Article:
Catalent tax break gets just a 6-vote majority from 9-member Bloomington city council, but it’s enough

A six-vote majority on Bloomington’s nine-member city council was enough Wednesday night to grant pharmaceutical company Catalent a tax abatement in exchange for a capital investment of $350 million and 1,000 new jobs.

The additional jobs would grow the pharmaceutical company’s local workforce by about one-third.

[Updated April 21, 2022: In a news release Catalent has announced it has chosen Bloomington as the location where it will be making a $350 million investment.]

Catalent is looking to spend about $10 million on development of real property, possibly by buying more land. The other $340 million would be invested in personal property, which includes all the non-permanent fixtures inside a building, like manufacturing equipment.

The investment by the pharmaceutical company would be contingent on a tax abatement on the additional value for both real and personal property. Real property would be abated at a rate of 50 percent a year for 10 years, making a total of $826,760 in additional paid property taxes and $826,760 in abatement.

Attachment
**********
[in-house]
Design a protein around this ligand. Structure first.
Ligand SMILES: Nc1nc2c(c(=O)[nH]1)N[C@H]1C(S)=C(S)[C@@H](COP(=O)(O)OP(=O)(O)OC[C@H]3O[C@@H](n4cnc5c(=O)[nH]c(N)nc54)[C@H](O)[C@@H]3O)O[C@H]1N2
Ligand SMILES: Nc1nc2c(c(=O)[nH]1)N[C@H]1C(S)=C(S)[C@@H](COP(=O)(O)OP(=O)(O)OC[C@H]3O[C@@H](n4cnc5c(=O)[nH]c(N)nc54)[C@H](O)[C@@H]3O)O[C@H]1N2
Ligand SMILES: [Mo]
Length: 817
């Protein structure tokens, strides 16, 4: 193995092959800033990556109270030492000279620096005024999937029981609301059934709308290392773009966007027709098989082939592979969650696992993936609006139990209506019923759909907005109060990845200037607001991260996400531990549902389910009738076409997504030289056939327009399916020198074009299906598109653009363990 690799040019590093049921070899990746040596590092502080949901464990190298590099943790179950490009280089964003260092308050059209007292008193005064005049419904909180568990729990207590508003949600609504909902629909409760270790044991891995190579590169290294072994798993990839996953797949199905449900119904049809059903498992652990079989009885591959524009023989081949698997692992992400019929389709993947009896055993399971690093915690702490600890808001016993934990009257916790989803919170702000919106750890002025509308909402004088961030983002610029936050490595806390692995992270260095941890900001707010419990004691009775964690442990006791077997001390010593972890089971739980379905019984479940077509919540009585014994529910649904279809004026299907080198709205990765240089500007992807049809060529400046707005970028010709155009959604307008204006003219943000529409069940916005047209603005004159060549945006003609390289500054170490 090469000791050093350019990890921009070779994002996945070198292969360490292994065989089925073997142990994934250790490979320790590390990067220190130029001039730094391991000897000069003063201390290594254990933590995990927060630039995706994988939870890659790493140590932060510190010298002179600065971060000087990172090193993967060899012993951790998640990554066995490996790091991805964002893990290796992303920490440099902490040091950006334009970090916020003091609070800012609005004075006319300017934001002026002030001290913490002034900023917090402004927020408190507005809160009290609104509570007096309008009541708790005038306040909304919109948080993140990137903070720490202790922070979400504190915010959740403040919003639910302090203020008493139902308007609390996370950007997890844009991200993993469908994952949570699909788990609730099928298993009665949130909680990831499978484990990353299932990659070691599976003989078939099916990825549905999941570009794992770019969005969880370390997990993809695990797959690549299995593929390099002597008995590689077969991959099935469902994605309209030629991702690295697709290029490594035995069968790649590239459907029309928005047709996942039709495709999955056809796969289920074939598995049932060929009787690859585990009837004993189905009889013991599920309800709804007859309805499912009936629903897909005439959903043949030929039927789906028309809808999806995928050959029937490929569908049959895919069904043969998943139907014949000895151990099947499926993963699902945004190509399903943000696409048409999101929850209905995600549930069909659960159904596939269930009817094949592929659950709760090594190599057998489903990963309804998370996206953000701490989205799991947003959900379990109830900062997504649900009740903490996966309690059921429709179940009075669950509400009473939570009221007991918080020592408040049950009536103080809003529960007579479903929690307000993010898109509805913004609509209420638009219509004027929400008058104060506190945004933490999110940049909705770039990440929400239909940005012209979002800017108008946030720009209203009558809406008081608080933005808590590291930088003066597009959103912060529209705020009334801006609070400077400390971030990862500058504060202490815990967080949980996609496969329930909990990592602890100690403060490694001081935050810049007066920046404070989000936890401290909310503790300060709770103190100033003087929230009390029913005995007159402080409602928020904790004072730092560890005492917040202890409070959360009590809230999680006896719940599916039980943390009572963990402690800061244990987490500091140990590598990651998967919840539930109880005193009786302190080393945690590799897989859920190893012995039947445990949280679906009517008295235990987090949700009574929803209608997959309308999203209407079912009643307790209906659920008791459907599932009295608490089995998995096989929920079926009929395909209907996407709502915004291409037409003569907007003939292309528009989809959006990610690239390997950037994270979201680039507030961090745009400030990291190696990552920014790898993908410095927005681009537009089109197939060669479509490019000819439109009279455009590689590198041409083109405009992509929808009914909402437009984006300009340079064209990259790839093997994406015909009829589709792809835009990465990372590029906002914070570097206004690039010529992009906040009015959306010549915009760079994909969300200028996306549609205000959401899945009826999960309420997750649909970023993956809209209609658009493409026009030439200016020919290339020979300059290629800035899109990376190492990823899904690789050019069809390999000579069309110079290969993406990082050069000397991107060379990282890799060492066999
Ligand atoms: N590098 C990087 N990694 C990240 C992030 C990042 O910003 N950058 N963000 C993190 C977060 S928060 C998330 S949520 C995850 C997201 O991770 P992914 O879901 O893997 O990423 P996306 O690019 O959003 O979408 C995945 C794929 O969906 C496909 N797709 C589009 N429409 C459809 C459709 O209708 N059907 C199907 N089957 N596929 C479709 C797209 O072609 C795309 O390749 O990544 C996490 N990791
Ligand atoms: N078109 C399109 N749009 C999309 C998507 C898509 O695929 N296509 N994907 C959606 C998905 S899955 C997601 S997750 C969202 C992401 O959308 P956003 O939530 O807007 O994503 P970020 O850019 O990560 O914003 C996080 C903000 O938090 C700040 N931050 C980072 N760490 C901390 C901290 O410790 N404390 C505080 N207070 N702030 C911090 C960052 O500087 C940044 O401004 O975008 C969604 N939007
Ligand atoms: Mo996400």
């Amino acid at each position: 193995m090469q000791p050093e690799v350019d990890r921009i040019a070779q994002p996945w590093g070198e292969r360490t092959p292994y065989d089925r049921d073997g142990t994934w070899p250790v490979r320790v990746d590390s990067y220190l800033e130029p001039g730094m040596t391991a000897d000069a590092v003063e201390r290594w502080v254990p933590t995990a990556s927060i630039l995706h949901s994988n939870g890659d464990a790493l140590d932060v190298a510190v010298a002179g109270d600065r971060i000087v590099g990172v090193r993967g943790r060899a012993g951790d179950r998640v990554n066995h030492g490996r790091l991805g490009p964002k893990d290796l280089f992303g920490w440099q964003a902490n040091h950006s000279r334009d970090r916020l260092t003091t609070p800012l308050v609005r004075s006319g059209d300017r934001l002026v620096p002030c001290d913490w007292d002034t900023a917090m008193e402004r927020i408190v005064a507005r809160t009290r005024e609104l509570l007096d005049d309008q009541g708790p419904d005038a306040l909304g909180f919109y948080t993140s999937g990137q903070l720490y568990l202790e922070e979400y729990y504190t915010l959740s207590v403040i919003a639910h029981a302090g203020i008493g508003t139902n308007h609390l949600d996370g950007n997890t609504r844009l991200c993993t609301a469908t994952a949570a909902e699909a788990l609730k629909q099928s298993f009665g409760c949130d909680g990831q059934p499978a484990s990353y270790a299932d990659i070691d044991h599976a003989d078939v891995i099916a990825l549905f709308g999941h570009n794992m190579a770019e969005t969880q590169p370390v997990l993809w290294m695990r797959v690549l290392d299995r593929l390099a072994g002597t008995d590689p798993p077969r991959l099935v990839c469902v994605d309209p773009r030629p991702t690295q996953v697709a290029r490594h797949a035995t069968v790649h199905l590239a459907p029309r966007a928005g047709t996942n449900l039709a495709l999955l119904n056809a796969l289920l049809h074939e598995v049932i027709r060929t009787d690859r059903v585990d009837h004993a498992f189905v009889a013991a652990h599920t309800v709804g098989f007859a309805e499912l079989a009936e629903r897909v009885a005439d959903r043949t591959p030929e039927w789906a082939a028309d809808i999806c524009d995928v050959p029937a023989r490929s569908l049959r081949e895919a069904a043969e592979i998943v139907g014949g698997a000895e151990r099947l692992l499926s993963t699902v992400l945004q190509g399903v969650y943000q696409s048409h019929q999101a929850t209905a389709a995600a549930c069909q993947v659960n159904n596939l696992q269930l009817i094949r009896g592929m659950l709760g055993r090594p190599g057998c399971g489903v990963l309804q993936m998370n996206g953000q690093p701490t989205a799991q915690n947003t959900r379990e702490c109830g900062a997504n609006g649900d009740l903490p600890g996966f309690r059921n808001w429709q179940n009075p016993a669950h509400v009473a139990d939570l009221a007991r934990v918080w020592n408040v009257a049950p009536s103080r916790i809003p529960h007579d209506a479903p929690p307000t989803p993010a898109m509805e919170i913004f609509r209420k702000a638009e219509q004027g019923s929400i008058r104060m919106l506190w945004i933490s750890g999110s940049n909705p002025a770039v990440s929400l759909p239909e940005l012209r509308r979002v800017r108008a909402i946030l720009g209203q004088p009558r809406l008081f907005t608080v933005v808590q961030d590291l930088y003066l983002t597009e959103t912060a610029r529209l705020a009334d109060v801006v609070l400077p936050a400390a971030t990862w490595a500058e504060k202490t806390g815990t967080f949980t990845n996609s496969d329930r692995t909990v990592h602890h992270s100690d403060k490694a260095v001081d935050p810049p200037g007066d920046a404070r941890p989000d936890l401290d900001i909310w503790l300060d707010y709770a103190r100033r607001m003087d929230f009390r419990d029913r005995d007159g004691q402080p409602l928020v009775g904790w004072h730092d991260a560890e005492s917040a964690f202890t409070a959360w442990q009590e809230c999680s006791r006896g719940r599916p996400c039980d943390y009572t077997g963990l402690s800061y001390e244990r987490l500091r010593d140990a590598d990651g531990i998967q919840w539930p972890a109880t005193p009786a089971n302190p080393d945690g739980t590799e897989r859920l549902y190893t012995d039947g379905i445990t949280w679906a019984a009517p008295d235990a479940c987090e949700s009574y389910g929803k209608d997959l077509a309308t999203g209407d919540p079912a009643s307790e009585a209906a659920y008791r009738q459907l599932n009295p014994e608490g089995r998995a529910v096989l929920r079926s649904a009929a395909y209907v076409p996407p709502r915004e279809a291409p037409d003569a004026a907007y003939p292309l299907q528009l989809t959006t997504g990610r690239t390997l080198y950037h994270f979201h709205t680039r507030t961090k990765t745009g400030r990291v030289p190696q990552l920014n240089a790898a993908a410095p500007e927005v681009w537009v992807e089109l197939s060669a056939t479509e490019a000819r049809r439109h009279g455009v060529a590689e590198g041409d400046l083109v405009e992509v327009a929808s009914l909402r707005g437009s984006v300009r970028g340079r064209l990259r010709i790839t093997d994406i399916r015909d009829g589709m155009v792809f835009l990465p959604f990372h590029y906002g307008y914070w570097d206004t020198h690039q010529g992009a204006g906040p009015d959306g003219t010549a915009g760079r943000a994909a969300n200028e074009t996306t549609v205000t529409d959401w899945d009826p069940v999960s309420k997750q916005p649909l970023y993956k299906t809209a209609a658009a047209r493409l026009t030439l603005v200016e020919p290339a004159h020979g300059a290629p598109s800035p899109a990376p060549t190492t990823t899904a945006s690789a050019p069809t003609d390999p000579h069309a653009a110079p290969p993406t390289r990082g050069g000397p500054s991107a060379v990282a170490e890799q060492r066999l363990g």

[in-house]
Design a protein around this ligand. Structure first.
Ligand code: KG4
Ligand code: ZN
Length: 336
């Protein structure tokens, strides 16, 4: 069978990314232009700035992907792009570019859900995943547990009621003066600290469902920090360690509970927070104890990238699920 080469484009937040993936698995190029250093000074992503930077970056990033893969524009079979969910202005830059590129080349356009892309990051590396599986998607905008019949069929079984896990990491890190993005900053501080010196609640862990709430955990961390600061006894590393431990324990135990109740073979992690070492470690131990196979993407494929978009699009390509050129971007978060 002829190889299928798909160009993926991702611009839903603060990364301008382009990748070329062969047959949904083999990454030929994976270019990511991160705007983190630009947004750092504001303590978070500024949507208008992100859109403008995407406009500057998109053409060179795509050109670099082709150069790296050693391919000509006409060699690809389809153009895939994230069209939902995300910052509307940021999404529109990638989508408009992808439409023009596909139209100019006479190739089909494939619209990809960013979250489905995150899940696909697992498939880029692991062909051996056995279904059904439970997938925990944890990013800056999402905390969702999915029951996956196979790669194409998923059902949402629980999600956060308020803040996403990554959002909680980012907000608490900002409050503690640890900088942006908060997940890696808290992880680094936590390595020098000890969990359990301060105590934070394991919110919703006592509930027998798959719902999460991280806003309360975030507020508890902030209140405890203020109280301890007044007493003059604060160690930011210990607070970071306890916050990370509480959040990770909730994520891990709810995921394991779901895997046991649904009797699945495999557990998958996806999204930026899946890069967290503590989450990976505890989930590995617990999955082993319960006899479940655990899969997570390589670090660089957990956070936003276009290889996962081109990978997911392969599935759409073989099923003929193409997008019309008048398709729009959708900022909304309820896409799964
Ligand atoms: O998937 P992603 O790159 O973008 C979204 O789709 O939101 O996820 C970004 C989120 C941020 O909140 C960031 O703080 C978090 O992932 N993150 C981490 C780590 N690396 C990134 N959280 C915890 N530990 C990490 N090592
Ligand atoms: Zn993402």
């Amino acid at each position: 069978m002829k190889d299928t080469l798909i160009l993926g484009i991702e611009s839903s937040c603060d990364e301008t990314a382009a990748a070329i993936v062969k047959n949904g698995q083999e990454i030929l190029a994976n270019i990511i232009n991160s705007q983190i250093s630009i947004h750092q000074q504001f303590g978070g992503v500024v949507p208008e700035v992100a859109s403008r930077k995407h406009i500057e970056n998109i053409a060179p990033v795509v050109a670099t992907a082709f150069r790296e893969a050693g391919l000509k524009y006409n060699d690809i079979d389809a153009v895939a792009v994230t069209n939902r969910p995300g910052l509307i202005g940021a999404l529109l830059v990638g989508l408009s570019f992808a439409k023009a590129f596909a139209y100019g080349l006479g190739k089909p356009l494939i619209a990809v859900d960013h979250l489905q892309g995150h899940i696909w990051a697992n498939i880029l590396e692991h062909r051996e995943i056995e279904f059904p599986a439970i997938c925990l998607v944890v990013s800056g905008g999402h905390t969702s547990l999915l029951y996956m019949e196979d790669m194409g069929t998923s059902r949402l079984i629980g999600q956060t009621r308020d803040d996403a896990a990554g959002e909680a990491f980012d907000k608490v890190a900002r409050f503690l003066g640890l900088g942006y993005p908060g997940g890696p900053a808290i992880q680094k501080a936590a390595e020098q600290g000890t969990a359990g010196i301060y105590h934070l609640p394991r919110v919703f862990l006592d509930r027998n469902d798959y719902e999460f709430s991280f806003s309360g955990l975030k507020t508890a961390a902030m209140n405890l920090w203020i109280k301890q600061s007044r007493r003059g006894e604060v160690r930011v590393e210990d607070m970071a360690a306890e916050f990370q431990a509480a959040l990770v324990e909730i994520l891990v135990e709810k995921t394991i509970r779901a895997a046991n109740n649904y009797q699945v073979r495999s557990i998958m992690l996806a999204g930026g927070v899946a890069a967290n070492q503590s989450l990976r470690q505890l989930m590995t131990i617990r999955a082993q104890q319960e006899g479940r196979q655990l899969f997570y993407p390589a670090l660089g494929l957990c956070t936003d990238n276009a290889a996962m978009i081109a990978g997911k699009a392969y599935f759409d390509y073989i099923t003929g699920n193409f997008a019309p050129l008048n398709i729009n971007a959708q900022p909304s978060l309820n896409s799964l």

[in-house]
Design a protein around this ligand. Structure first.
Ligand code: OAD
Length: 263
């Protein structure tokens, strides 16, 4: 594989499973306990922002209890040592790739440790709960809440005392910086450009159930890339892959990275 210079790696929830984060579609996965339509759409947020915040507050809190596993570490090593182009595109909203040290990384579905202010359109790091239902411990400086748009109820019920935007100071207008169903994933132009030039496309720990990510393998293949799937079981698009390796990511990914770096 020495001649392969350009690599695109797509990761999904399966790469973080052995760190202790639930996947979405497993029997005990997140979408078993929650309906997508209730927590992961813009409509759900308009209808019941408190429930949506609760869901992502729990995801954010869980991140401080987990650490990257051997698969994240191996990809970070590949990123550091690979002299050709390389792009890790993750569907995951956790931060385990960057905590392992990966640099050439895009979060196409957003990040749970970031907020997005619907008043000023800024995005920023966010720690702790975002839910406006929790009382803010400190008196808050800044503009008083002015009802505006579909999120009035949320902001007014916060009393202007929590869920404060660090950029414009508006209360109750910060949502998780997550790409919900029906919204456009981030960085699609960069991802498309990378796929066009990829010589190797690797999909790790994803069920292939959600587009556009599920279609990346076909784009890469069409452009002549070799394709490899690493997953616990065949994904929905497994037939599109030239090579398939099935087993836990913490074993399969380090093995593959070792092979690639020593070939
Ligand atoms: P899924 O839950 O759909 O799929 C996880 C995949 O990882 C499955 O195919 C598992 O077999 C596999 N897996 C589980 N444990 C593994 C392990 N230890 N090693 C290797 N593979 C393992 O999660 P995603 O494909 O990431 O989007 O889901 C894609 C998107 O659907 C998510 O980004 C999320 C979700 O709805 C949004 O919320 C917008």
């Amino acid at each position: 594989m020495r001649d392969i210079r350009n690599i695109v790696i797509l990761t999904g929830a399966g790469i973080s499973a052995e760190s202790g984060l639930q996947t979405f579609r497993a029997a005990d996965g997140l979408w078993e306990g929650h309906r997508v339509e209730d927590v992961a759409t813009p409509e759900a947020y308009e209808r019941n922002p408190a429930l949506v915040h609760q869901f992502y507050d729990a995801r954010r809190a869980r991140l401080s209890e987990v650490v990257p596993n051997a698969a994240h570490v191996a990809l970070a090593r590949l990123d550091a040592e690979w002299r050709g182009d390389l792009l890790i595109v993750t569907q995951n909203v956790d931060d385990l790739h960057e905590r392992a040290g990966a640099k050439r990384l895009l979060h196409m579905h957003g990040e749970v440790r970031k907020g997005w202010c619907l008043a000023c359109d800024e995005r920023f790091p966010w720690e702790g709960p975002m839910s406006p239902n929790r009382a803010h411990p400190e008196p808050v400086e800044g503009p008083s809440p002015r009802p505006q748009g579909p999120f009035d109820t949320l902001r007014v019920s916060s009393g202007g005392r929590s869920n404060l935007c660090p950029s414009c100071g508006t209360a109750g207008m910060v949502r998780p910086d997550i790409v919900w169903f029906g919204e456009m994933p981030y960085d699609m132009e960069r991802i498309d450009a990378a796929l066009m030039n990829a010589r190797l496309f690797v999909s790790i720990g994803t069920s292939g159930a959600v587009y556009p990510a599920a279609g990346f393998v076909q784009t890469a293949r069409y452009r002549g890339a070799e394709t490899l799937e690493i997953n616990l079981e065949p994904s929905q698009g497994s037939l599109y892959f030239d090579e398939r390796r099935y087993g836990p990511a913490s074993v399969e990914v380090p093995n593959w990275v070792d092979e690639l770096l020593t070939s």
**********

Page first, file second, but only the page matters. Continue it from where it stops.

The bigger break comes for the personal property, which is 90 percent for 20 years, and totals an estimated $43,450,785 in abated taxes, which is calculated to have a net present value of about $28.4 million.

Speaking in support of the tax abatement was Bloomington’s director of economic and sustainable development, Alex Crowley, who allowed that the cumulative figure for the abatement  is an “eye-popping number.”

Public comment in favor of the abatement came from current and former elected officials, including former mayor John Fernandez (1995–2003) who also served as assistant secretary of Commerce for Economic Development Administration in the Obama administration.

Fernandez said, “This decision isn’t so much about Catalent—it’s about creating economic opportunities for our community, for people in our community who are at risk of being left behind in an ever changing dynamic economy.”

Speaking against the abatement during the public hearing was Ariana Gunderson, who said, “Being a company town is a really good situation for a company, but not for a town.” She added, “I am astonished that the city would invest so much money into the profits of a company instead of into its people.” Continue reading “Catalent tax break gets just a 6-vote majority from 9-member Bloomington city council, but it’s enough”